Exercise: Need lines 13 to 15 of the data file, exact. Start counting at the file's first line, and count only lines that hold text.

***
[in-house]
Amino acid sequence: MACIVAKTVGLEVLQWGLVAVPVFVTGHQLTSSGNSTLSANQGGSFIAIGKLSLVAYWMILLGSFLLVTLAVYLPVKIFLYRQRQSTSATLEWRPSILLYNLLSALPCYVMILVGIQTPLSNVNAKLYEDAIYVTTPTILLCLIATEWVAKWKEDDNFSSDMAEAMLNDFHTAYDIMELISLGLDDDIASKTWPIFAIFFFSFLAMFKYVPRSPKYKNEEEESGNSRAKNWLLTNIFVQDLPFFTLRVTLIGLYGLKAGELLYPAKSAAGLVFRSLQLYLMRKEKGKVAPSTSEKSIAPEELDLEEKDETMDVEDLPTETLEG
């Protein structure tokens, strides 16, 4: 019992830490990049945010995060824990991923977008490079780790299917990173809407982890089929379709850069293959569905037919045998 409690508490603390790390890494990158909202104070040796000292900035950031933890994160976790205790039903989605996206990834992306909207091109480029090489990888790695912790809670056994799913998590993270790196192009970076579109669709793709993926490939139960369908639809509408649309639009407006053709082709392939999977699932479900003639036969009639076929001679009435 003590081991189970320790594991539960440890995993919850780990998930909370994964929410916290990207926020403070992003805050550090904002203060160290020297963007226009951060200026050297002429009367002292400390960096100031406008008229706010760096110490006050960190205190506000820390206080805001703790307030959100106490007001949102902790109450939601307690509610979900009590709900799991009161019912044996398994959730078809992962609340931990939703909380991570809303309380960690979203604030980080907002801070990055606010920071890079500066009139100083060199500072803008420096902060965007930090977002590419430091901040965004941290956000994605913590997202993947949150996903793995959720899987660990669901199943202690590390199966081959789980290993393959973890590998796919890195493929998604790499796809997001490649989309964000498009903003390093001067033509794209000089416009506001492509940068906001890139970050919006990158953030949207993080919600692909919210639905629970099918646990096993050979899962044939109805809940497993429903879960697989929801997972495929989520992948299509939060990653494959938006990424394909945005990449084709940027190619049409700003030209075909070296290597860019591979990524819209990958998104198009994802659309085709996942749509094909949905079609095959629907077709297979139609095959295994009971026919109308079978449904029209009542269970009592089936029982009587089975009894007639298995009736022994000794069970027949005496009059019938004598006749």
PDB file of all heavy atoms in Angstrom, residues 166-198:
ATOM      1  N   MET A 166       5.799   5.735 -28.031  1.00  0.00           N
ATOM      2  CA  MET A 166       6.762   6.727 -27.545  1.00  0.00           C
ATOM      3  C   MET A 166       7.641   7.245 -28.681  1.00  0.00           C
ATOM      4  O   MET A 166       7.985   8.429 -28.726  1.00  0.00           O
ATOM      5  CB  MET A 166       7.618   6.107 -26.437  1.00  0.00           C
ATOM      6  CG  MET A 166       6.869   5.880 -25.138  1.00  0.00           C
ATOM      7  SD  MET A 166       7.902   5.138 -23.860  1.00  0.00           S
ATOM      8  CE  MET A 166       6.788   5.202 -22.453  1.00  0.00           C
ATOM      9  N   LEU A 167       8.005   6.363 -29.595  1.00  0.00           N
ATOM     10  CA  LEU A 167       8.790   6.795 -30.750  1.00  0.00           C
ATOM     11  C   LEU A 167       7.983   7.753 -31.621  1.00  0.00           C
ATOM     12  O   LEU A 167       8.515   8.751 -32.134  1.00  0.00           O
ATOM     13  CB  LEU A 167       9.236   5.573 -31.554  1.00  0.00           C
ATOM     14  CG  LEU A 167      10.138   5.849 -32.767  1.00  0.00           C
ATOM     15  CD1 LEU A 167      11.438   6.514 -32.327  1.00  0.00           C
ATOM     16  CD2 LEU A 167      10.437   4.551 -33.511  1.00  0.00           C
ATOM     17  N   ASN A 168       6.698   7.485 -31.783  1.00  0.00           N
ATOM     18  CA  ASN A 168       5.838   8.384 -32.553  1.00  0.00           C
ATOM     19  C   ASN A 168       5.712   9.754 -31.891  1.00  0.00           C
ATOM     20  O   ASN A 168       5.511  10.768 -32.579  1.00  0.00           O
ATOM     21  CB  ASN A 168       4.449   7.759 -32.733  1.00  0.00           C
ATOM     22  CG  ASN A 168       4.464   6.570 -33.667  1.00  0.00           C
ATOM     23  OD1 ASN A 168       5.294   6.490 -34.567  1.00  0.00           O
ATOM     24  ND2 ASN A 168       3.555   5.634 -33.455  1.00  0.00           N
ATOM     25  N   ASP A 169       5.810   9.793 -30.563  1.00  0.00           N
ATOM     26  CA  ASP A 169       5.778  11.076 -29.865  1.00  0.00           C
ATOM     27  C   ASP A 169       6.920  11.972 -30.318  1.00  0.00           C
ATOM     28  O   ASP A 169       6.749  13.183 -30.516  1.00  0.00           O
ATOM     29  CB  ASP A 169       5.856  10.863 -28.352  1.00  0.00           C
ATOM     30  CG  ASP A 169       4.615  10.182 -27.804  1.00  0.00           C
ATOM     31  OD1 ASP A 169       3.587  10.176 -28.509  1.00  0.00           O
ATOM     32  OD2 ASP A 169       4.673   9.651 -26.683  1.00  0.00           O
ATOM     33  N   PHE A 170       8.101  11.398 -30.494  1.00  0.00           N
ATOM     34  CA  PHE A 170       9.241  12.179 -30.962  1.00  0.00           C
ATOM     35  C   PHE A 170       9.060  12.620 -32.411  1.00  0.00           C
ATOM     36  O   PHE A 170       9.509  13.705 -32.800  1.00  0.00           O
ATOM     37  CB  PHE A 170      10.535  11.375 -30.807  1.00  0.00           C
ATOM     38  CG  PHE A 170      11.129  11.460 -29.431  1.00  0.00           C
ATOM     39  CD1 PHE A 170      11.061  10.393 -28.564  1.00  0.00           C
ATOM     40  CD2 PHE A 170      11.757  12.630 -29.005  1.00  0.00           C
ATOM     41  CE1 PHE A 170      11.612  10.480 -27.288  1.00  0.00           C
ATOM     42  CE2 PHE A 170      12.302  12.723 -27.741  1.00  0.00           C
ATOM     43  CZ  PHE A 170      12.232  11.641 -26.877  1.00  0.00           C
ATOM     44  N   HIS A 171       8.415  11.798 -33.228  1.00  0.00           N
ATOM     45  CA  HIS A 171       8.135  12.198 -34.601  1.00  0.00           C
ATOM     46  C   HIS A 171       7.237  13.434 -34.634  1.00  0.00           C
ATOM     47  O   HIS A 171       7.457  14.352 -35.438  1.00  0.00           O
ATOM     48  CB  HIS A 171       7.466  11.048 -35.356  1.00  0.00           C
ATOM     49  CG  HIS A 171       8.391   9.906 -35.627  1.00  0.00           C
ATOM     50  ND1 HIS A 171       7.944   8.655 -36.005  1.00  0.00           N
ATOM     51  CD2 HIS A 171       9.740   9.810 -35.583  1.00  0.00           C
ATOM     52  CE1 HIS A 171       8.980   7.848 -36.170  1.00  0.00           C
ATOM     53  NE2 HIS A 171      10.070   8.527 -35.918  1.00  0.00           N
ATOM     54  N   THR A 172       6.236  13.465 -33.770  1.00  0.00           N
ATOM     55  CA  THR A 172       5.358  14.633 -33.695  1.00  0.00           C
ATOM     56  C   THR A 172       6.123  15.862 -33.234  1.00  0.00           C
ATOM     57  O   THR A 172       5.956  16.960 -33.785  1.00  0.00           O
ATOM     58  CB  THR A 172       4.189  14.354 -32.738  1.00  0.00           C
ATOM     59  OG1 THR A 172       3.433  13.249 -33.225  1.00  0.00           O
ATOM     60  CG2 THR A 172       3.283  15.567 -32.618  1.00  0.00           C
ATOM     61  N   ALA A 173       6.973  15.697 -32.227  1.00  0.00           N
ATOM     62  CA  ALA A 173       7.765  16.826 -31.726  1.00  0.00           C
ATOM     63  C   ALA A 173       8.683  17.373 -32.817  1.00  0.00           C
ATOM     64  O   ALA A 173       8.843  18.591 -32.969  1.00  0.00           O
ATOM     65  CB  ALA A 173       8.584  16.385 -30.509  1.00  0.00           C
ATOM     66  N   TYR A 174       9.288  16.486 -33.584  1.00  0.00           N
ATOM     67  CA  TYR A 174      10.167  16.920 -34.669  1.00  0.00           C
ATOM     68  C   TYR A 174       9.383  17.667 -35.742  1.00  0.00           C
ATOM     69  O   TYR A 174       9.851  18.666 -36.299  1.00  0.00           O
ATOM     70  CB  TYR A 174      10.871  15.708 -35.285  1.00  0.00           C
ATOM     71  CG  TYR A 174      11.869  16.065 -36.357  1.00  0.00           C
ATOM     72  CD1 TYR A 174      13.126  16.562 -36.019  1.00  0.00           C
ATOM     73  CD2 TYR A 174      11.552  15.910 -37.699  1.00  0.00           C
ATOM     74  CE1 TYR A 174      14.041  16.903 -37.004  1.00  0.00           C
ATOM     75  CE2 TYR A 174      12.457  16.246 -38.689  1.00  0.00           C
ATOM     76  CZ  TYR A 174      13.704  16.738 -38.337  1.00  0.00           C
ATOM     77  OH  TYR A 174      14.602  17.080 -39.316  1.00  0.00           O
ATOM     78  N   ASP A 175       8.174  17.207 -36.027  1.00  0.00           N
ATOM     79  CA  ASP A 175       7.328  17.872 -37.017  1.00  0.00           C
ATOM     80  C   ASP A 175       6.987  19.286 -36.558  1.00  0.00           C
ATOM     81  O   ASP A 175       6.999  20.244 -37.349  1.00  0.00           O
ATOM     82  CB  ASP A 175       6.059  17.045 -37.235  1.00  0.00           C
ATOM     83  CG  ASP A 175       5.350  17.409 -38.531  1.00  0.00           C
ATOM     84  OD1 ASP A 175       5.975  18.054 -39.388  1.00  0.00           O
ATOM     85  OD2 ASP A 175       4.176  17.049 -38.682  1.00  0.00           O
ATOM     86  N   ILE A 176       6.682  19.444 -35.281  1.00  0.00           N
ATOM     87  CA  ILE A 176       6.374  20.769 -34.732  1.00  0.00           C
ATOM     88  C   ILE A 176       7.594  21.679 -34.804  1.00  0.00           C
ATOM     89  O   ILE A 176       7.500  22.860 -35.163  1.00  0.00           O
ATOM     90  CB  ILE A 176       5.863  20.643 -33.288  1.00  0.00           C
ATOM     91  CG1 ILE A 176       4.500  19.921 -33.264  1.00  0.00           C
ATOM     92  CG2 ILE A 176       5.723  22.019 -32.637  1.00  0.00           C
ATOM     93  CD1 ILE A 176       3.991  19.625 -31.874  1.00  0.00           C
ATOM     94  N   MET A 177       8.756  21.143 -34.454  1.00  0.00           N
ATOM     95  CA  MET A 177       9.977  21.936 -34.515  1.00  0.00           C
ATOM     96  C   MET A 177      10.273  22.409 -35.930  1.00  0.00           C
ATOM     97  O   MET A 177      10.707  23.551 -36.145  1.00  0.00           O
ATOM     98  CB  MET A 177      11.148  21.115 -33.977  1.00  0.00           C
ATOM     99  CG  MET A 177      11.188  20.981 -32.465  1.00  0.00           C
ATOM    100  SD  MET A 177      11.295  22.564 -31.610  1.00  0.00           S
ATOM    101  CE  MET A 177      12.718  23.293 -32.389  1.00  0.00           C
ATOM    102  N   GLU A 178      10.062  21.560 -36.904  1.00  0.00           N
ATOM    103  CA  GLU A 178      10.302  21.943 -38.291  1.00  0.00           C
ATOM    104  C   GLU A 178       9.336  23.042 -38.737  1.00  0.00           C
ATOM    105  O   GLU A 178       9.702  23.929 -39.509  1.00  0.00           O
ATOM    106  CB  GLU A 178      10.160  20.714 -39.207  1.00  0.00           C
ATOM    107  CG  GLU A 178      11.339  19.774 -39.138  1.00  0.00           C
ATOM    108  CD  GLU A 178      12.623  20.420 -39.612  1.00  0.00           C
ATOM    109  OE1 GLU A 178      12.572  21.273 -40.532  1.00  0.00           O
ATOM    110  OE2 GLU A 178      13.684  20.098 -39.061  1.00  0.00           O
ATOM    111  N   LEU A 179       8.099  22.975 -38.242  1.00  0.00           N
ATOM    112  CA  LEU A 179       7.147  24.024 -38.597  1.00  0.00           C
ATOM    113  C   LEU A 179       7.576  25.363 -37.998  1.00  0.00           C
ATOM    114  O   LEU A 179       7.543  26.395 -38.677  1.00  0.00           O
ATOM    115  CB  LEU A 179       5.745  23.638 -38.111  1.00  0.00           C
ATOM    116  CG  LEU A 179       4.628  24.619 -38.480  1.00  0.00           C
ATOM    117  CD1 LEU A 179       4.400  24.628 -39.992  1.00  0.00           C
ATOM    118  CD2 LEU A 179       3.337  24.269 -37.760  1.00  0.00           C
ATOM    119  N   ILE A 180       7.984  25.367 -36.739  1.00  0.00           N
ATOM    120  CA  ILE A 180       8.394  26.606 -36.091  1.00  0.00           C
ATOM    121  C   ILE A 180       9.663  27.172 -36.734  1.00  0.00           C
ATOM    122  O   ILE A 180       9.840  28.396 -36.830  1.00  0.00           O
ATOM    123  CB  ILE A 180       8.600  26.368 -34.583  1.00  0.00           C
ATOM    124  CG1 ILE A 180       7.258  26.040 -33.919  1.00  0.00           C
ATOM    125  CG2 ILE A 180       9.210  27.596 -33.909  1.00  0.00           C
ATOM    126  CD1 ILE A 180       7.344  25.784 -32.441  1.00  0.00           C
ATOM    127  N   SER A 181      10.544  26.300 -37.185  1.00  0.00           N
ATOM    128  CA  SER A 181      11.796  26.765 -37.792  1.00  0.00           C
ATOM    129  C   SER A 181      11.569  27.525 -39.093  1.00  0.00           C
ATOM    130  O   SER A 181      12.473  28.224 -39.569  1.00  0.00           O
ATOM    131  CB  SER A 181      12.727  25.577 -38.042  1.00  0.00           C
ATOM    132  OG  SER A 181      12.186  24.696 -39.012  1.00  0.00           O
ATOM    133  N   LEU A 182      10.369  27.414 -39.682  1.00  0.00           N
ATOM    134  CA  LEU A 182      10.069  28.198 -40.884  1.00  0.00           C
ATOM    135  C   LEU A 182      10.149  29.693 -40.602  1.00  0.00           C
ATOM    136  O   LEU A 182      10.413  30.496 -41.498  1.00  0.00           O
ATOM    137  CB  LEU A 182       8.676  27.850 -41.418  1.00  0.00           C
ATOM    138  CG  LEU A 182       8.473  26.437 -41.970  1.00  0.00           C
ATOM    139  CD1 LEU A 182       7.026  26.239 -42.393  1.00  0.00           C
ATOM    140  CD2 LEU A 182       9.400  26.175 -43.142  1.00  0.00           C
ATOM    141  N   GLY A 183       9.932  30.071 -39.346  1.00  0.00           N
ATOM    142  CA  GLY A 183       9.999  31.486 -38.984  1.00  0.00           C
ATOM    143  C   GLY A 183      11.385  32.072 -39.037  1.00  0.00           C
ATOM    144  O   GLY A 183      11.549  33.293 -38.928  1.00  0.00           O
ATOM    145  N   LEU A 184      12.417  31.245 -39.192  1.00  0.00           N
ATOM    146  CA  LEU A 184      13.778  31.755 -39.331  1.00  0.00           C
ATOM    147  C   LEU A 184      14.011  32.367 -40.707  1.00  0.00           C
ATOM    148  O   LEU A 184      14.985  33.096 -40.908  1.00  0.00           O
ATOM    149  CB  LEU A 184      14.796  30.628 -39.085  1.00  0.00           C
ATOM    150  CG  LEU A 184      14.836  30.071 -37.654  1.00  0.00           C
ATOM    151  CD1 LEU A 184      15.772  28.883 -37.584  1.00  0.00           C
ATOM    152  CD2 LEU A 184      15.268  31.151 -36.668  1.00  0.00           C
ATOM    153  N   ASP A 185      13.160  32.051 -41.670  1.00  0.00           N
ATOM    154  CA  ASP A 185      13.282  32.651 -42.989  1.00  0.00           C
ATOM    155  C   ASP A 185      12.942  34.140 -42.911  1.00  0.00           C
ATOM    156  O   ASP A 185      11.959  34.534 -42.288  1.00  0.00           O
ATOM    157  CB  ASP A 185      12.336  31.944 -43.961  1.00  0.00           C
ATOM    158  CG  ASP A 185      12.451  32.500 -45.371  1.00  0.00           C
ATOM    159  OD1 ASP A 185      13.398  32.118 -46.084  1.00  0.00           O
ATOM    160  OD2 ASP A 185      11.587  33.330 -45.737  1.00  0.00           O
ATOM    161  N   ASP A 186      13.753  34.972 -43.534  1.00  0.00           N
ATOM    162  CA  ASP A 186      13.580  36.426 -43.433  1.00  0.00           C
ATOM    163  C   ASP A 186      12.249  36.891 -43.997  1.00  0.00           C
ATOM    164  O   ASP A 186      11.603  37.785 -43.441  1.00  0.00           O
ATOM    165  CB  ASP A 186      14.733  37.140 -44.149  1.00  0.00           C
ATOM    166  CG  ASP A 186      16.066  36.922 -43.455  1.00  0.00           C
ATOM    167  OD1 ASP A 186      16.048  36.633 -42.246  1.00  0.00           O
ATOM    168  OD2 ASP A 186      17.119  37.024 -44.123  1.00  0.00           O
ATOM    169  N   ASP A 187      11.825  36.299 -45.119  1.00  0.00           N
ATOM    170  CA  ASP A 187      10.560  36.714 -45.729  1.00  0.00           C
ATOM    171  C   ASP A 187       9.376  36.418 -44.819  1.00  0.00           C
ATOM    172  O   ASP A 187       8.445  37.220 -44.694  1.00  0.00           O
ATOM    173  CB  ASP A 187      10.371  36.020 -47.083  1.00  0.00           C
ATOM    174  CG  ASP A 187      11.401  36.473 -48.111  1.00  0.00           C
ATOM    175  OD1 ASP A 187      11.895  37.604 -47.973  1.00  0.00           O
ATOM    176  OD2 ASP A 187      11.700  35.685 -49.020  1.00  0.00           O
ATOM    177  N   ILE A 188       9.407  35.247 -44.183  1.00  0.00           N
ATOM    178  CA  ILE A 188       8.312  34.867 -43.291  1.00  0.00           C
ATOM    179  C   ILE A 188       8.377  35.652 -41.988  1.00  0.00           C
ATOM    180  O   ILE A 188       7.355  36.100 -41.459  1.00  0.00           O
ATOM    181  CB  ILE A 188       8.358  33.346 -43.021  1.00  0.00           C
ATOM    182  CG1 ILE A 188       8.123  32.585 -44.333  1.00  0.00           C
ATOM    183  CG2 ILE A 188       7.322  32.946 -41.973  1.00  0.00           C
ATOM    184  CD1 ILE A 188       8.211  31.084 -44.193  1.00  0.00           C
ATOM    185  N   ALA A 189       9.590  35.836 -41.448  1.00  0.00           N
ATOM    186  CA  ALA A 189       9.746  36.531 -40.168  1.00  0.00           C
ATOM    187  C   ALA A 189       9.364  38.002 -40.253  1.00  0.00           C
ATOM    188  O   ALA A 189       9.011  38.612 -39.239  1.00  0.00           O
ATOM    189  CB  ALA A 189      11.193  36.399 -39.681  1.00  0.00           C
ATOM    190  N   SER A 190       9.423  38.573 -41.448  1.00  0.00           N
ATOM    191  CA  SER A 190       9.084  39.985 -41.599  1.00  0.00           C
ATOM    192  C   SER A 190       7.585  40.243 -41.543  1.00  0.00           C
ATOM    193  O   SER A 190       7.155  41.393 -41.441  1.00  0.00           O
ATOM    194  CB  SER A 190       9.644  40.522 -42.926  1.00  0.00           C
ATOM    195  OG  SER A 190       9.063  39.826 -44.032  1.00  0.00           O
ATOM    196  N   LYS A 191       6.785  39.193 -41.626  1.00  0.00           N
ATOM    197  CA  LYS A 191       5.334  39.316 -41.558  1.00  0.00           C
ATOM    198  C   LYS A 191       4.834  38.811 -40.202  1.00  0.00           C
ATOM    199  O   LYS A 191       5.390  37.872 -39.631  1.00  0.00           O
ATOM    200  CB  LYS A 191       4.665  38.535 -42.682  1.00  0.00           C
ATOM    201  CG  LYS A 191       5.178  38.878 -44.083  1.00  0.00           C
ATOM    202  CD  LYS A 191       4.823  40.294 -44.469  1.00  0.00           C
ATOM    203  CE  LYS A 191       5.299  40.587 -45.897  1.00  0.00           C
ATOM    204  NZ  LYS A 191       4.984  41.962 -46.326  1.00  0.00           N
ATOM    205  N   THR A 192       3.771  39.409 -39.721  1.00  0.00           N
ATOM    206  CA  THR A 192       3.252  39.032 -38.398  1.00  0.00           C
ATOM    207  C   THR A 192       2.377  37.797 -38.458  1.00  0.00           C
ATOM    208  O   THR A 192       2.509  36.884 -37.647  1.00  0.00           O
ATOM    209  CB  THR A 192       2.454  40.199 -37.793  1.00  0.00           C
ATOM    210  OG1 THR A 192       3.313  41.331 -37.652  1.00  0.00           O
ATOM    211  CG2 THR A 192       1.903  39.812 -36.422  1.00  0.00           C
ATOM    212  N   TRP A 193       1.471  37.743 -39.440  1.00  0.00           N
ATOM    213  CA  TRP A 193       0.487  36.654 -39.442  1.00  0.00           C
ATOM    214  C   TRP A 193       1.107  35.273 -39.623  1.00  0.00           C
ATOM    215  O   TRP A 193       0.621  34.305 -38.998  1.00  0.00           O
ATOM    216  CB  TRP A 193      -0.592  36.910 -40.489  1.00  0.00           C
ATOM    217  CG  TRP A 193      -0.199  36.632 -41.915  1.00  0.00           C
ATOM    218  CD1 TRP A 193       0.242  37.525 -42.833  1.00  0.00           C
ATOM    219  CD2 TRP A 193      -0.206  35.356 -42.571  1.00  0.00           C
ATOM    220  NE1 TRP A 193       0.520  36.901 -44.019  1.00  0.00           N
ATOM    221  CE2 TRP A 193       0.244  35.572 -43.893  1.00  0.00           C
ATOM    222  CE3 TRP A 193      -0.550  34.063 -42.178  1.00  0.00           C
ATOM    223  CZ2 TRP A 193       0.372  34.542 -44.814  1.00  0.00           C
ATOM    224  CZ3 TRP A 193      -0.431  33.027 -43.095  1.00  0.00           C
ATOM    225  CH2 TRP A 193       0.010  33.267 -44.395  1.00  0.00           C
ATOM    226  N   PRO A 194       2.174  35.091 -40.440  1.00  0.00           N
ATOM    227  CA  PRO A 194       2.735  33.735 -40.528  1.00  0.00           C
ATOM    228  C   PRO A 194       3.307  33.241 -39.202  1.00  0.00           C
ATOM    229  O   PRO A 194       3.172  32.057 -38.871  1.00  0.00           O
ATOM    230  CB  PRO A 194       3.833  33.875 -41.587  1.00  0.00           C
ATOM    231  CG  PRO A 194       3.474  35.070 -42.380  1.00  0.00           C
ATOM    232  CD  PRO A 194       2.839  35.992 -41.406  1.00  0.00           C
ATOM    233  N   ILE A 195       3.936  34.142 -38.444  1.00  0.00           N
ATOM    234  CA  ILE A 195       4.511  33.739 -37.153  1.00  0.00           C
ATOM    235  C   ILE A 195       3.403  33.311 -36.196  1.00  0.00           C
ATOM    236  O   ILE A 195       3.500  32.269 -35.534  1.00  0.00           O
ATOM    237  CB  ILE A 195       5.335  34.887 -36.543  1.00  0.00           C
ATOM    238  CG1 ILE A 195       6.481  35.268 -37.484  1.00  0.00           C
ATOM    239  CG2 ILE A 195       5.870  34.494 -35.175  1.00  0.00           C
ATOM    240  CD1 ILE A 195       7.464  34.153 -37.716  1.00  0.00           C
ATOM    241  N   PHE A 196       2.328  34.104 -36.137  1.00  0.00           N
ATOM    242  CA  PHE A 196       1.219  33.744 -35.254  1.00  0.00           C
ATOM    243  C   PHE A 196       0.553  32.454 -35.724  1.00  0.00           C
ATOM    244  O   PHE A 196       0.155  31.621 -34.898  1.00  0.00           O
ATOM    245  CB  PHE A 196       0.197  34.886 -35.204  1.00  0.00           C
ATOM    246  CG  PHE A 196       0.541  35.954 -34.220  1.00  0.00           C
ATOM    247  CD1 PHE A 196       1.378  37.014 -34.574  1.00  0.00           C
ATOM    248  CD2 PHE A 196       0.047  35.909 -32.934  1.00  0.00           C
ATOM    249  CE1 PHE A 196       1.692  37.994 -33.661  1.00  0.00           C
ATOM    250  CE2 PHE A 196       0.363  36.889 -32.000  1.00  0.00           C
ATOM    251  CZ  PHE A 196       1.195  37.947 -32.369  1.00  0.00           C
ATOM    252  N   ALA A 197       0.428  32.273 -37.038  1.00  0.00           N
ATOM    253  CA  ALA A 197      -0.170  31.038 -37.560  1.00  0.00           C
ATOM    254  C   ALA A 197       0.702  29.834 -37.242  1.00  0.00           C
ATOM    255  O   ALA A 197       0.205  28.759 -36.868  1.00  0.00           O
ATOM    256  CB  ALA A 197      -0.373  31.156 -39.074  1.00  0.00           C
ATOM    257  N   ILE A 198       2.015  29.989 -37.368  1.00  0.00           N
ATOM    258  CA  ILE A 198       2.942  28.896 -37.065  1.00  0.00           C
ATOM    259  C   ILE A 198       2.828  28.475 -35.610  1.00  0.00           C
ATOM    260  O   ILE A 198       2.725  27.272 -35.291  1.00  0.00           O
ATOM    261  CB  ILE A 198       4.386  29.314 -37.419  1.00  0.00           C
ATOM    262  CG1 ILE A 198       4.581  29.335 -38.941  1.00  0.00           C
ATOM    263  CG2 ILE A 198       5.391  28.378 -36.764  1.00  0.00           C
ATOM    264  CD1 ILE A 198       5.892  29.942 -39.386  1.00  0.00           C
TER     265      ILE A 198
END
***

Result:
ATOM      9  N   LEU A 167       8.005   6.363 -29.595  1.00  0.00           N
ATOM     10  CA  LEU A 167       8.790   6.795 -30.750  1.00  0.00           C
ATOM     11  C   LEU A 167       7.983   7.753 -31.621  1.00  0.00           C